Tuesday, August 06, 2013

VP Blogging: Alben W. Barkley

Have you been helplessly pressing refresh on your Google Reader Feedly or browser window or whatever, hoping beyond hope that I might one day return to the glory days of this blog, back in, like, 2008 when I'd post weekly presidential profile write-ups? WELL NOW IT IS HAPPENING. Though I'm pretty much out of presidents, so Imma do vice presidents. This particular VP was part of a pub trivia question a while back and I was ashamed of myself for not knowing who he was. Now I know and now also you will know.

Oh, look at me, President Truman's giving me some fancy Congressional service gold medal.
Alben W. Barkley was Harry S. Truman*'s second in command (1949-1953), but that was but a small moment in a long and incredibly industrious political career. Also, we recently watched season one of Veep. It is amazing. TRUE FACT: it was Barkley's grandson who coined the nickname "Veep" for his grandfather while he was serving as vice president. Apparently the next veep, Richard Nixon, was not so into it, but it is still around! But anywaaays, Barkley was born in 1877 as "Willie Alben Barkley," but he was not into that name, so he switched that shit around as soon as he could. He was the oldest of eight children born to tobacco tenant farmers in Kentucky. His paternal grandmother was a midwife who delivered him in a fucking log cabin OMG badass. Barkley's father was a Presbyterian elder who did not approve of alcohol or playing cards or any of that sinful frippery. Alben and his siblings, when not working on the family farm, stayed with their grandparents a lot. Presumably in said log cabin house thing.

Barkley briefly enrolled in a seminary, but then was like, "No thanks, Jesus," and got a scholarship and a job as a janitor at Marvin College in Clinton, Kentucky. There he did debating and fraternity-ing and whatnot and also became a Methodist. He moved on to Emory College (now University) in Georgia for grad school or something, but was too poor to keep it up. He taught back at Marvin for awhile, but that wouldn't pay his bills either. He got jobs with congressmen and lawyers, whose books he used to read the law. He passed the bar and then went to UVA Law School for a bit, because I guess that's how that worked around the turn of the century. In 1903 he married Dorothy Brower, with whom he would have three children. In addition to having babies and becoming a lawyer Barkley was a lay preacher and member of numerous fraternal organizations, including the Improved Order of Red Men, which doesn't sound racist at all.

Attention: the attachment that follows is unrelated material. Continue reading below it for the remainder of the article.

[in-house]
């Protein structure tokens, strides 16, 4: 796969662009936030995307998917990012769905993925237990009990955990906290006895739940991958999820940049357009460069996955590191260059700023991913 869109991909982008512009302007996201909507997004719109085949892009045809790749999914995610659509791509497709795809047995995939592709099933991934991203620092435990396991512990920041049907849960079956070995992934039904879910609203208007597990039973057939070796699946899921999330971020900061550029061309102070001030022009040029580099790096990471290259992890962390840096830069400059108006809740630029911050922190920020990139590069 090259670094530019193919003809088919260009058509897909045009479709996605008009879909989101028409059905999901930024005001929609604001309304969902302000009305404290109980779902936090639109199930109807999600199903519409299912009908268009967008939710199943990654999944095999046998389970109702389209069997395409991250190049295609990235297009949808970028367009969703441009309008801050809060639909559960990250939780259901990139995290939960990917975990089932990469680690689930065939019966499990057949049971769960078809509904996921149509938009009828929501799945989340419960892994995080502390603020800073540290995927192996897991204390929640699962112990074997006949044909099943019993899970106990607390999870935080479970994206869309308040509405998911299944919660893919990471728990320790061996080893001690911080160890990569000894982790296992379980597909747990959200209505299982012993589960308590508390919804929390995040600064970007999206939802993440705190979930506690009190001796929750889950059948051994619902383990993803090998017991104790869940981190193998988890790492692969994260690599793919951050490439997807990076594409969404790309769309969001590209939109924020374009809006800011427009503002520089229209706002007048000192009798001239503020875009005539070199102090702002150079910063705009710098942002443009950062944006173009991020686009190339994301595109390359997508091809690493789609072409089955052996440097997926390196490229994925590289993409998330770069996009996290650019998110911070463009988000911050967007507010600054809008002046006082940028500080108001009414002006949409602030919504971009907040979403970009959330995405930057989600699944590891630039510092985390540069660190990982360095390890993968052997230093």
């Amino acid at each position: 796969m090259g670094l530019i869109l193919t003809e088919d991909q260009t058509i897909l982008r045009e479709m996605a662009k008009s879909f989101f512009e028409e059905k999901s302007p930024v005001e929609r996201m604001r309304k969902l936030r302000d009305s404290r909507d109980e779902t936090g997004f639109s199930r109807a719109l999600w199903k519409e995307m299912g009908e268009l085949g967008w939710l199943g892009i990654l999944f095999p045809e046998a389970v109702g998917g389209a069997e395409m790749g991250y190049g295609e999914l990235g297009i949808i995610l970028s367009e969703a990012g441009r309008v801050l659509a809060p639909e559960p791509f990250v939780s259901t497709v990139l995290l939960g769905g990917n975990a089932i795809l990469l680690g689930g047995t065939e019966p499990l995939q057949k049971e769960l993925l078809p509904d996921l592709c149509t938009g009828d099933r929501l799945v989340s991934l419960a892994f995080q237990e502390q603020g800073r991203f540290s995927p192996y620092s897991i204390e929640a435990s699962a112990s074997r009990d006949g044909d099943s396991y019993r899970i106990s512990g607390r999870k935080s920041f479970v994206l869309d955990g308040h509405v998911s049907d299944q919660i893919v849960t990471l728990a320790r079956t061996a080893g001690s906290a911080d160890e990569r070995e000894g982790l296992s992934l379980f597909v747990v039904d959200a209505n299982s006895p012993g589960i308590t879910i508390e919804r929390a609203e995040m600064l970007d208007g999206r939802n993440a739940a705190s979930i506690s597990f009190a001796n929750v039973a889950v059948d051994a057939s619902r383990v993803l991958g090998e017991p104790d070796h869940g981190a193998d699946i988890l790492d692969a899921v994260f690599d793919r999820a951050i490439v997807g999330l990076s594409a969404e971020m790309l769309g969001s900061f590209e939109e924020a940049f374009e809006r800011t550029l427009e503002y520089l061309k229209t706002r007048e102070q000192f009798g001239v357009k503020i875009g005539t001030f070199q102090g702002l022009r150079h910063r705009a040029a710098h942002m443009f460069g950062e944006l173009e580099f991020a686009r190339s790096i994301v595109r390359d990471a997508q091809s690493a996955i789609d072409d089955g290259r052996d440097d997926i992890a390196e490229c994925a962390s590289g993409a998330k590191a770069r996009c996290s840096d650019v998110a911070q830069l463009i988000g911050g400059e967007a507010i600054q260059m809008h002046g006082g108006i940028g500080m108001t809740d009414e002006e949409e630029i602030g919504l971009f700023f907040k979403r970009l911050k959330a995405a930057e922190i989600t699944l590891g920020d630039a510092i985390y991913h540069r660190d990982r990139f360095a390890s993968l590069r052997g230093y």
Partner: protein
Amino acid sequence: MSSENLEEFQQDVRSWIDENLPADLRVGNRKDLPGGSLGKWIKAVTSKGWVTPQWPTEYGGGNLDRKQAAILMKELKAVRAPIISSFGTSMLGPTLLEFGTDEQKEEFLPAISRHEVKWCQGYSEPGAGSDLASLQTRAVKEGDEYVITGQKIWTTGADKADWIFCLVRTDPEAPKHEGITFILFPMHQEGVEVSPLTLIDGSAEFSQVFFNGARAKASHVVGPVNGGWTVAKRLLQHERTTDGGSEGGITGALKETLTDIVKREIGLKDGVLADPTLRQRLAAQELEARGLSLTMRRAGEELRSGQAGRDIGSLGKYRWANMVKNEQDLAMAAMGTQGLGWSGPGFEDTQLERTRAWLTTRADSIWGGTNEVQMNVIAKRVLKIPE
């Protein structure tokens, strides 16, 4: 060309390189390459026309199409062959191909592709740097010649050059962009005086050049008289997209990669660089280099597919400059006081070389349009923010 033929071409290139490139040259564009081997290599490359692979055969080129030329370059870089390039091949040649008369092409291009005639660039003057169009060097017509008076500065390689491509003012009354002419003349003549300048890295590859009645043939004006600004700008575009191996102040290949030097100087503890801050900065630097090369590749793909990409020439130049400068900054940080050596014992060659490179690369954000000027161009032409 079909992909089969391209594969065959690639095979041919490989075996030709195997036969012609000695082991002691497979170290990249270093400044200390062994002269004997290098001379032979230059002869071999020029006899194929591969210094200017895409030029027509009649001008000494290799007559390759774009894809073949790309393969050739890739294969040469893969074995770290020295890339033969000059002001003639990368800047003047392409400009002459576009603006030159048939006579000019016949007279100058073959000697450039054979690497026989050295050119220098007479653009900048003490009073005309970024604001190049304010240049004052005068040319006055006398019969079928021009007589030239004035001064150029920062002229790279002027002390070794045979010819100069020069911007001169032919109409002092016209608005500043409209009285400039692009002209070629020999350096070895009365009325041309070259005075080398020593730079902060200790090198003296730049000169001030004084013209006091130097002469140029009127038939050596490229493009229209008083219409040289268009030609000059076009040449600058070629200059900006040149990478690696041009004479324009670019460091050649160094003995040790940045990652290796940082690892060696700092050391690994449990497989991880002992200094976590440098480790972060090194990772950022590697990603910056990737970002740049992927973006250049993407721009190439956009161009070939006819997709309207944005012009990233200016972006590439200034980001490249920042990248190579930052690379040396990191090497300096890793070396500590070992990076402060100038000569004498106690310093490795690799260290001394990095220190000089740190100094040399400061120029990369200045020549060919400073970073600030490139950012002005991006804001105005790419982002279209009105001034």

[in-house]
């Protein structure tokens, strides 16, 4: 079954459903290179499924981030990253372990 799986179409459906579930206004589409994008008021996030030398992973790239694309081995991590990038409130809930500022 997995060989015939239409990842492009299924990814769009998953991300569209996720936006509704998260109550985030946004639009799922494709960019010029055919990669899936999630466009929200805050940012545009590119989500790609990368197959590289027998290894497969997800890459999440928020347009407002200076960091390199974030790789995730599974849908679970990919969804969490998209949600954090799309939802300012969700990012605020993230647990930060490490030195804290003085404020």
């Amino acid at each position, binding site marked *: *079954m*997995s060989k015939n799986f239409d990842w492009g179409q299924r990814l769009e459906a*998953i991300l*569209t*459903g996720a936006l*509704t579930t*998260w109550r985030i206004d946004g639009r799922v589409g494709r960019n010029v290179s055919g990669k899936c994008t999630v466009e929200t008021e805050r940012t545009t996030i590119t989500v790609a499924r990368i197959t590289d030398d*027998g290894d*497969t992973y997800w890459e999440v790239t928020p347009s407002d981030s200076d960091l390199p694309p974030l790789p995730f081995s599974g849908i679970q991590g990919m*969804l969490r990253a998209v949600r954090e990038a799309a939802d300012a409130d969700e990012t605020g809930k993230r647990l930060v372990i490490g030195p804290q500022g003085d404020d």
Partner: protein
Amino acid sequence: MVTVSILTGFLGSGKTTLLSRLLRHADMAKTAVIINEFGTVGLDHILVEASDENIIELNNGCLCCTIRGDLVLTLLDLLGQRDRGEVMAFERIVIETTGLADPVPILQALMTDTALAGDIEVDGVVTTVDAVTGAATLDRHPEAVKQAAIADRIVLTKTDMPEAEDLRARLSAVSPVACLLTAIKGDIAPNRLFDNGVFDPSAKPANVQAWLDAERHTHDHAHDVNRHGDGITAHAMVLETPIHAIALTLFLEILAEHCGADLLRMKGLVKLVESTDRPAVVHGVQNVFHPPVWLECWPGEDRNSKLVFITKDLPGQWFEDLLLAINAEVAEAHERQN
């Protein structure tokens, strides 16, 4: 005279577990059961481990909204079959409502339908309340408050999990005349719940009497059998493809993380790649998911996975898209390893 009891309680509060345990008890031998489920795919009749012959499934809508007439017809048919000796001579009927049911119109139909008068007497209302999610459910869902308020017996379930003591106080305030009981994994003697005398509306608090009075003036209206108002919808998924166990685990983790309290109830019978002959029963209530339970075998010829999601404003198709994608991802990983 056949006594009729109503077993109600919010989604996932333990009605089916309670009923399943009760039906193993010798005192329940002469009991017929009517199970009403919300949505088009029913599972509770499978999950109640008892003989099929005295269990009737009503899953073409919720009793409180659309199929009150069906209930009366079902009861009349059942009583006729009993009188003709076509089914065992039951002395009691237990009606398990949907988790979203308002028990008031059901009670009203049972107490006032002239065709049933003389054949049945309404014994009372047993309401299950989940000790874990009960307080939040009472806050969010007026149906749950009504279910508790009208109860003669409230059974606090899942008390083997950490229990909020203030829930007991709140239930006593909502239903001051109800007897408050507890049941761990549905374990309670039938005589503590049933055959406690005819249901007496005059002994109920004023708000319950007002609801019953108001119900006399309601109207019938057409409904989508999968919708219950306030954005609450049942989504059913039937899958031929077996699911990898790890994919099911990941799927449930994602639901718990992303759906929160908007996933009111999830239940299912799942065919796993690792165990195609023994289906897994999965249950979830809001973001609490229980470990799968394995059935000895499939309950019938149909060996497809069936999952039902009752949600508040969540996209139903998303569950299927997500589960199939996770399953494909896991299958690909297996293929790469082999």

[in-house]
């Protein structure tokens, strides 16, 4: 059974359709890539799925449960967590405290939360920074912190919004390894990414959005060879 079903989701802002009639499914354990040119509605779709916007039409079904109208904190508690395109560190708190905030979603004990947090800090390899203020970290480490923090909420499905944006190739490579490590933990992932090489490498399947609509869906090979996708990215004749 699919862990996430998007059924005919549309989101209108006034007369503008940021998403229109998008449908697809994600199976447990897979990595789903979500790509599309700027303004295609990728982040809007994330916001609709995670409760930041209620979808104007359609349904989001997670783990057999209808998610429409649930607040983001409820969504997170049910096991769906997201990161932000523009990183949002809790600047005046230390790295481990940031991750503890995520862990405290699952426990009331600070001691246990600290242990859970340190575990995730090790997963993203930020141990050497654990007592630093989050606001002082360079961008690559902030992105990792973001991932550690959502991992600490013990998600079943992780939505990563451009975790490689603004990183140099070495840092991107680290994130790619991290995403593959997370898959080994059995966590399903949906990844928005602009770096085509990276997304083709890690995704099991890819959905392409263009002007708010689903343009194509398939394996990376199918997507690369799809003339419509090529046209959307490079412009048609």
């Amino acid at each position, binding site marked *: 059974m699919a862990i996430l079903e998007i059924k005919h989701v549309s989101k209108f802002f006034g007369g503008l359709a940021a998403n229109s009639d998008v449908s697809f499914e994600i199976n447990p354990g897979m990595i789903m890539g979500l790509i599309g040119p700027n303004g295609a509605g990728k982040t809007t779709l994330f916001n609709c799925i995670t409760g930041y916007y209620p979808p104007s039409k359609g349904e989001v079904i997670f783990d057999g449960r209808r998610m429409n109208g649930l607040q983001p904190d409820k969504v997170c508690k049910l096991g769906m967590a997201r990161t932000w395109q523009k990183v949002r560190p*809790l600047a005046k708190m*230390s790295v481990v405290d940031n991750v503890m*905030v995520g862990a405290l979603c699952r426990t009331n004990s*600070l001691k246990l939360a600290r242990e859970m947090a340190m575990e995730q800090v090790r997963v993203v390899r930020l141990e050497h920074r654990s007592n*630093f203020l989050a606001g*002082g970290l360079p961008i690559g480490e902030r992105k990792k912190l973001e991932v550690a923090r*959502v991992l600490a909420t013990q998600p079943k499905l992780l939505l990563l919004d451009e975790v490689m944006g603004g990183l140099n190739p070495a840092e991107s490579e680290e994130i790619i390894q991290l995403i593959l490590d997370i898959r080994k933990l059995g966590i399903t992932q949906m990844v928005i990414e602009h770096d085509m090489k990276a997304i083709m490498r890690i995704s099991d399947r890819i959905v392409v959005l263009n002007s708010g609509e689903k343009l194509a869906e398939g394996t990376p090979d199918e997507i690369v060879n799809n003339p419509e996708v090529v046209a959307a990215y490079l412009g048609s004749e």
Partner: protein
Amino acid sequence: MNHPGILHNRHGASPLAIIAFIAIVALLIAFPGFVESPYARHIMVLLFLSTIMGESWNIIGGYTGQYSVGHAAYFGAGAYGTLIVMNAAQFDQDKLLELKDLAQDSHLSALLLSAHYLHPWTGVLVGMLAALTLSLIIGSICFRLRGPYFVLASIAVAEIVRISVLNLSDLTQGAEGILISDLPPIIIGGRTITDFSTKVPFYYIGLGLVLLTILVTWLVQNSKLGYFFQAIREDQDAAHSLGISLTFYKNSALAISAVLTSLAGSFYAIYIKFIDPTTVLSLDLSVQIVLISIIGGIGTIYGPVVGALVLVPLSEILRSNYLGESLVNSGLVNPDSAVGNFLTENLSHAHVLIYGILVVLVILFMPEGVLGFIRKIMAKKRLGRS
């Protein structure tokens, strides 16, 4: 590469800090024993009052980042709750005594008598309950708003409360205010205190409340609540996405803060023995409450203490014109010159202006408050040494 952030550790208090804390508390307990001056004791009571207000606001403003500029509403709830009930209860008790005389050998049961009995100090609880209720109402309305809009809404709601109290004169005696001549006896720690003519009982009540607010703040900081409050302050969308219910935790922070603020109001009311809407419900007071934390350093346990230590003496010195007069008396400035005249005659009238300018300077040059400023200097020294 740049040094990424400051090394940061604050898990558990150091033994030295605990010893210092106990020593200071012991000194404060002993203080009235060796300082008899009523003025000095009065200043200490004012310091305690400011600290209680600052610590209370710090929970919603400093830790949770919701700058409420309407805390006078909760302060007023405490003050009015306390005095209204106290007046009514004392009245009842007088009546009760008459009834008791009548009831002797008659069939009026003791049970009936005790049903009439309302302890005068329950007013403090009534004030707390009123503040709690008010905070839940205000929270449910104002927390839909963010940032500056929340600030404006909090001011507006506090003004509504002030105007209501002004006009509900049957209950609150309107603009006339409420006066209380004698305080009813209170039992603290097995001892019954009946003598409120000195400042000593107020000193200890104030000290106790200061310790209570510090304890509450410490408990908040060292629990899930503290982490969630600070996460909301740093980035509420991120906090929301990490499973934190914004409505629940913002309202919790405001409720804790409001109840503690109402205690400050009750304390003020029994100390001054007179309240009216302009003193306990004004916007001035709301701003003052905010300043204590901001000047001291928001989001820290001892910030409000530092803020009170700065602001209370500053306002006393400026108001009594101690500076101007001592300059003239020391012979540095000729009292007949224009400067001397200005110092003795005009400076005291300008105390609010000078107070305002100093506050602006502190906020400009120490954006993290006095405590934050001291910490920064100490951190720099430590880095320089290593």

Barkley identified as a Democrat early on, but one who was for sticking to the gold standard (a very controversial and boring issue at this time, if you will recall from those chapters in your history textbook you skimmed over between the Civil War and WWI). In 1905, Barkley was elected to his first office: county attorney, moving up to county judge three years later. He was known for rooting out financial corruption in government. In 1912, he ran for Congress. More conservative Democratic opponents called him a socialist for supporting federal funding of highway construction, but he was ushered into office on Woodrow Wilson's progressive coattails. During this time, Barkley stuck closely to his religious, teetotaling roots (BORING) and spoke for the Anti-Saloon League as well as sponsoring bills to ban the sale of alcohol in D.C. Though he initially endorsed American neutrality during World War I, he supported Wilson and the war effort upon the U.S.'s entry in 1917. He was also a supporter of the ill-fated League of Nations.

Proof he was not always an old man.**